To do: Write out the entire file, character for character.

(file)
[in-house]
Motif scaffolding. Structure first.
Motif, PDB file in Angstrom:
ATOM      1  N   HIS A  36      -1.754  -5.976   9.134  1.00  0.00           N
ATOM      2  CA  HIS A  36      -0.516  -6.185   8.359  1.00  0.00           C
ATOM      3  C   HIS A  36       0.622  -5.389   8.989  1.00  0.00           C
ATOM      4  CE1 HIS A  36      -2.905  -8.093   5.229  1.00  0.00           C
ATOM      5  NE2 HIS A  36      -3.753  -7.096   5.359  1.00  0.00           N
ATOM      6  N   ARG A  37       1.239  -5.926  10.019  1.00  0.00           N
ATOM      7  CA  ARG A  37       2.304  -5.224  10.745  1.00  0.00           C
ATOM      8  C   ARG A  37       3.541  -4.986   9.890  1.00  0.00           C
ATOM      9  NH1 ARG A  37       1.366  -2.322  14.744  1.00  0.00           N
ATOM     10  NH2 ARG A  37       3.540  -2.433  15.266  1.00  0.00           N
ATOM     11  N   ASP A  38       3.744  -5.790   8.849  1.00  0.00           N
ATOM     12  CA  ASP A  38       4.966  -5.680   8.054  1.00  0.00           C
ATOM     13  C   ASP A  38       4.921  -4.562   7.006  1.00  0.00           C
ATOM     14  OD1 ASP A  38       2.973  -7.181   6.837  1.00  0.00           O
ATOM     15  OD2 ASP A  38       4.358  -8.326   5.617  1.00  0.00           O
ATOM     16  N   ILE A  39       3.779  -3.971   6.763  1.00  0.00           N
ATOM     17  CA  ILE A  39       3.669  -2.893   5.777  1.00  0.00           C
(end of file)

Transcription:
[in-house]
Motif scaffolding. Structure first.
Motif, PDB file in Angstrom:
ATOM      1  N   HIS A  36      -1.754  -5.976   9.134  1.00  0.00           N
ATOM      2  CA  HIS A  36      -0.516  -6.185   8.359  1.00  0.00           C
ATOM      3  C   HIS A  36       0.622  -5.389   8.989  1.00  0.00           C
ATOM      4  CE1 HIS A  36      -2.905  -8.093   5.229  1.00  0.00           C
ATOM      5  NE2 HIS A  36      -3.753  -7.096   5.359  1.00  0.00           N
ATOM      6  N   ARG A  37       1.239  -5.926  10.019  1.00  0.00           N
ATOM      7  CA  ARG A  37       2.304  -5.224  10.745  1.00  0.00           C
ATOM      8  C   ARG A  37       3.541  -4.986   9.890  1.00  0.00           C
ATOM      9  NH1 ARG A  37       1.366  -2.322  14.744  1.00  0.00           N
ATOM     10  NH2 ARG A  37       3.540  -2.433  15.266  1.00  0.00           N
ATOM     11  N   ASP A  38       3.744  -5.790   8.849  1.00  0.00           N
ATOM     12  CA  ASP A  38       4.966  -5.680   8.054  1.00  0.00           C
ATOM     13  C   ASP A  38       4.921  -4.562   7.006  1.00  0.00           C
ATOM     14  OD1 ASP A  38       2.973  -7.181   6.837  1.00  0.00           O
ATOM     15  OD2 ASP A  38       4.358  -8.326   5.617  1.00  0.00           O
ATOM     16  N   ILE A  39       3.779  -3.971   6.763  1.00  0.00           N
ATOM     17  CA  ILE A  39       3.669  -2.893   5.777  1.00  0.00           C